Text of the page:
Former health venture chief gets 130 months
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The former president and CEO of World Health Alternatives was sentenced to 130 months in prison Tuesday, more than seven years after the accounting fraud that he engineered caused the collapse of the Wilkins medical staffing company.
Richard E. McDonald, 38, of Leechburg, Armstrong County, was sentenced by U.S. District Court Judge Joy Flowers Conti at the conclusion of a two-hour hearing that included testimony in McDonald's support from three witness, including his tearful wife.
Judge Conti was considering a sentence ranging from 188 to 235 months. McDonald's attorney, Tina O. Miller, had asked for a seven-year sentence, arguing that "no further time is warranted or necessary."
McDonald was indicted in 2009 on 20 counts of fraud, tax and other charges. He pled guilty in April to wire and securities fraud, making false statements to the Securities and Exchange Commission, failing to pay payroll taxes, and income tax evasion.
His sudden resignation from World Health in August 2005 was followed by revelations of serious accounting discrepancies that allowed the cash-starved company to borrow about $6.5 million more than it would have otherwise been able to and to avoid taxes.
In court documents, federal prosecutors said McDonald stole $6 million and caused investors losses of $41 million. They said he manipulated the company's financial statements; lied to the company's auditors, the SEC and shareholders; and cheated the government out of $3.4 million in taxes.
"He stole $6 million. ... He took it for himself," Assistant U.S. Attorney Shaun E. Sweeney told the judge.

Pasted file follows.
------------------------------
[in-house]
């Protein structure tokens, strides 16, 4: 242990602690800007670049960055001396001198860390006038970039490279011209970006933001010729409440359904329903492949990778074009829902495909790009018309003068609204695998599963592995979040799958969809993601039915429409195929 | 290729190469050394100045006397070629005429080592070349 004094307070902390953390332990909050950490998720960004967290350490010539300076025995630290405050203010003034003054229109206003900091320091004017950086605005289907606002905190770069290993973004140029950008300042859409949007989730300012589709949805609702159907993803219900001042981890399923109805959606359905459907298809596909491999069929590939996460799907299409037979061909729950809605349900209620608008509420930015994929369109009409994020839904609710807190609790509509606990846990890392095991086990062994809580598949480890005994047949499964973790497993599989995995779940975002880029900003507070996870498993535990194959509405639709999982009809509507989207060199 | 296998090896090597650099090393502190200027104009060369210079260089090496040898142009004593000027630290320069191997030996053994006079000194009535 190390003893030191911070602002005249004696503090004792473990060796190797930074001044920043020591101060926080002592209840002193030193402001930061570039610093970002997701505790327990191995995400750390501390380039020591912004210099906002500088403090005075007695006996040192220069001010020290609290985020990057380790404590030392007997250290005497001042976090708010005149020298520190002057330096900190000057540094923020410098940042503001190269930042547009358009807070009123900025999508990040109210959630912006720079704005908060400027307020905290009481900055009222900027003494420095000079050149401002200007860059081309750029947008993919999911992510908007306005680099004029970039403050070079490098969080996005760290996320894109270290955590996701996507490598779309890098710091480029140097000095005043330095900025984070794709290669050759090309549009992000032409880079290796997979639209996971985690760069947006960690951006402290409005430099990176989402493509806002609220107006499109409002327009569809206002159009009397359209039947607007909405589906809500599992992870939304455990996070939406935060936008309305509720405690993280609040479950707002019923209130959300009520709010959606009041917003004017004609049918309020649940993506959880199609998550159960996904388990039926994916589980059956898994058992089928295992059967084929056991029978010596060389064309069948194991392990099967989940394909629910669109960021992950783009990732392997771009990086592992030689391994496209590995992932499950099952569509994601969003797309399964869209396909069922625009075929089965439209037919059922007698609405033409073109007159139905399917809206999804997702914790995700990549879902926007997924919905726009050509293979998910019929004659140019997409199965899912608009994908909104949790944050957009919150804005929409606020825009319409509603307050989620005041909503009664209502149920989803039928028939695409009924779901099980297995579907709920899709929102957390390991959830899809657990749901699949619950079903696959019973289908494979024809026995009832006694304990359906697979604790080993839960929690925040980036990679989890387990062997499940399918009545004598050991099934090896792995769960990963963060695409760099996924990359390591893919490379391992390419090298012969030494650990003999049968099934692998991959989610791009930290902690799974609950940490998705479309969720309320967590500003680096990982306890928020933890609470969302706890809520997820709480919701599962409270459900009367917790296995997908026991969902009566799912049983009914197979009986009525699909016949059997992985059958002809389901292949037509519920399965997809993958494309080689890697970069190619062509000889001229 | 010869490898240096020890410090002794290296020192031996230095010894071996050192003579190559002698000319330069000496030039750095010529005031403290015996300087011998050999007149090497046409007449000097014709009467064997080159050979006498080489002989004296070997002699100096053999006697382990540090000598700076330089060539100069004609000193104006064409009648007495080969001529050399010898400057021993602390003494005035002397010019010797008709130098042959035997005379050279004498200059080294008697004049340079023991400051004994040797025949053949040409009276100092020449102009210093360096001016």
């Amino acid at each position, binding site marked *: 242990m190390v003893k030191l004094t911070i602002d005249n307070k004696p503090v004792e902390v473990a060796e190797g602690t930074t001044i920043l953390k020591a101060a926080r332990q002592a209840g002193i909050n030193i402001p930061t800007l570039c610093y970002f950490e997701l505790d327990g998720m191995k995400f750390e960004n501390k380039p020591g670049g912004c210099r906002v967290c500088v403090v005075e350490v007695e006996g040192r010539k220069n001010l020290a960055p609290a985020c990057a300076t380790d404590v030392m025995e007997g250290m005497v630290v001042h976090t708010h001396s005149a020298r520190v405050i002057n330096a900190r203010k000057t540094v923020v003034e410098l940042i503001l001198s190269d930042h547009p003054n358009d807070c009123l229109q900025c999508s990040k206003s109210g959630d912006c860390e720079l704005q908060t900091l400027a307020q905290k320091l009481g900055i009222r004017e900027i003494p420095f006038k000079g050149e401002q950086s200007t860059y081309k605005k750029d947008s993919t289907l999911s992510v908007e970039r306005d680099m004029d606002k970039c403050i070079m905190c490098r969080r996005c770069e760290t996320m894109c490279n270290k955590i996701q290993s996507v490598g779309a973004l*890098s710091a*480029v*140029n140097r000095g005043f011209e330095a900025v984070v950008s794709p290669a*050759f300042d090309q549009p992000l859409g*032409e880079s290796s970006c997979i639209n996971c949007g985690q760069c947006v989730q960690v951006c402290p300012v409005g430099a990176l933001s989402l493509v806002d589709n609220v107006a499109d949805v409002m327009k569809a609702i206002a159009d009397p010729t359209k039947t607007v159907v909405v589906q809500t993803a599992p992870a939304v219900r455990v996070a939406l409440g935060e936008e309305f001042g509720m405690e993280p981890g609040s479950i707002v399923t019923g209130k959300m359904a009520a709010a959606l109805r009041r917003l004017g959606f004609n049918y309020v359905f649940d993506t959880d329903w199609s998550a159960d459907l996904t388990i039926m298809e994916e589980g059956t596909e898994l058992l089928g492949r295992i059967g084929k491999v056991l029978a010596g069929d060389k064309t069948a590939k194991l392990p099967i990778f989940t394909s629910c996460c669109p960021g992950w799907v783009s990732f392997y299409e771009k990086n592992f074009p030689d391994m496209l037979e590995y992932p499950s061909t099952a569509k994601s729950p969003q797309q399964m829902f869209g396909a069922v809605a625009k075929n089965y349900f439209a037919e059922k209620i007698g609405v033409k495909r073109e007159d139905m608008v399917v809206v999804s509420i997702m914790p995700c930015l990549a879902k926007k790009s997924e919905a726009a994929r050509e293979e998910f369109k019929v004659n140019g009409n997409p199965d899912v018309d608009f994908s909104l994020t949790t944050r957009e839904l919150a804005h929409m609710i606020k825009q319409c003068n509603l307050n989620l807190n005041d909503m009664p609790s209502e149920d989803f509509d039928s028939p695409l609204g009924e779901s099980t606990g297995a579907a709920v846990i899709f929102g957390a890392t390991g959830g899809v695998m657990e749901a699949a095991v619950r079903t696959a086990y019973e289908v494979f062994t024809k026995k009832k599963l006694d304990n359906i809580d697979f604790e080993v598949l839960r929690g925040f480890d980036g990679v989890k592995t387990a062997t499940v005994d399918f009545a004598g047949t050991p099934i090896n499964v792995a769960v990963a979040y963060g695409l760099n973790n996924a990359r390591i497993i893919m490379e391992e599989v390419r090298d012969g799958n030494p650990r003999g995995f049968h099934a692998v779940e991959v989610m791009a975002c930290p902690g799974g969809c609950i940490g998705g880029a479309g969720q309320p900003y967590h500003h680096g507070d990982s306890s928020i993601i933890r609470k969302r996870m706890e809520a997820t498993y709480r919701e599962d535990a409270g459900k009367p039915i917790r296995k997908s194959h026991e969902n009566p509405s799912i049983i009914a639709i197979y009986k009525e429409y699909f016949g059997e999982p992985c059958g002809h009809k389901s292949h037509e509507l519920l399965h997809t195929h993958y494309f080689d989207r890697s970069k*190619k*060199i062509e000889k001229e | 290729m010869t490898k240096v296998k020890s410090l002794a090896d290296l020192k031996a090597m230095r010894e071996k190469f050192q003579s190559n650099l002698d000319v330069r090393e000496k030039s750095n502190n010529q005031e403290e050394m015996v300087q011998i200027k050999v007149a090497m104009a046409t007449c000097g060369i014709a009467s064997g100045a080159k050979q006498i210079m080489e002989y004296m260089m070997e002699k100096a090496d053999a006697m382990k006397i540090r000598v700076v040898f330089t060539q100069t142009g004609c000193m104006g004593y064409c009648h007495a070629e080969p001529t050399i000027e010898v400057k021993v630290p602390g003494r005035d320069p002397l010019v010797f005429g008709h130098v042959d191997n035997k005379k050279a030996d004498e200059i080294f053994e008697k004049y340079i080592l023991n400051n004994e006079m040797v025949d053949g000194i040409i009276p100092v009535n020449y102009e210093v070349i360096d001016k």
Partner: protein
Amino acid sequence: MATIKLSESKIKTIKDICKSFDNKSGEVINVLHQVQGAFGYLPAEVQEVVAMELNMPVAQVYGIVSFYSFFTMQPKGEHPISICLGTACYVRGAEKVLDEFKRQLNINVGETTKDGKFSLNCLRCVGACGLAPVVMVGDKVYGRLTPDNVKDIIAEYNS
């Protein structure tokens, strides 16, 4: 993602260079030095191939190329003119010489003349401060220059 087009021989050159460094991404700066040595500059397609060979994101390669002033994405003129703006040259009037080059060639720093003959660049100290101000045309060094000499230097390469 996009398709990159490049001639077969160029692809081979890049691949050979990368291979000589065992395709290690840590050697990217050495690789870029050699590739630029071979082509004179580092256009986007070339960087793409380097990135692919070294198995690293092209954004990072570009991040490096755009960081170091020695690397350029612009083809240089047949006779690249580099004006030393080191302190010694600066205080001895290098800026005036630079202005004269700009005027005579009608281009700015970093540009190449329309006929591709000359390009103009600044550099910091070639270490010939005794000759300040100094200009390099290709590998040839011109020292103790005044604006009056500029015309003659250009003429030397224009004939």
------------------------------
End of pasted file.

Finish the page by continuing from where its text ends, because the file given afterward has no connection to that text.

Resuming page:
Mr. Sweeney said McDonald's crimes did not involve one act and that he "constantly lied, cheated and stole for two-and-a-half years."
Liane McDonald described her husband of 15 years as a good father, a caring person who cannot say no to people asking for help, and who is remorseful for what he did.
"These are not attributes of a criminal," she said.
World Health's former controller, Deanna Seruga, was sentenced in April to five years of probation in connection with the fraud. Mr. Sweeney said Richard McDonald ruined Ms. Seruga's life by persuading her to go along with doctoring the company's financial statements.
Judge Conti did not impose a fine on Richard McDonald, saying he could not afford to pay it.
In 2009, the SEC waived imposing a $6.4 million payment based on McDonald's gains from the scheme as part of a civil settlement. The agency said his financial statements showed he could not repay it.
McDonald on Tuesday was ordered to pay $39,140 to a World Health shareholder who lives in Carmel, Ind. Mr. Sweeney said the shareholder was the only investor who came forward seeking restitution.
The judge ordered McDonald to report to U.S. Marshals voluntarily after Jan. 1 to begin serving his sentence. He remains free on bond until then.
First Published December 5, 2012 12:00 am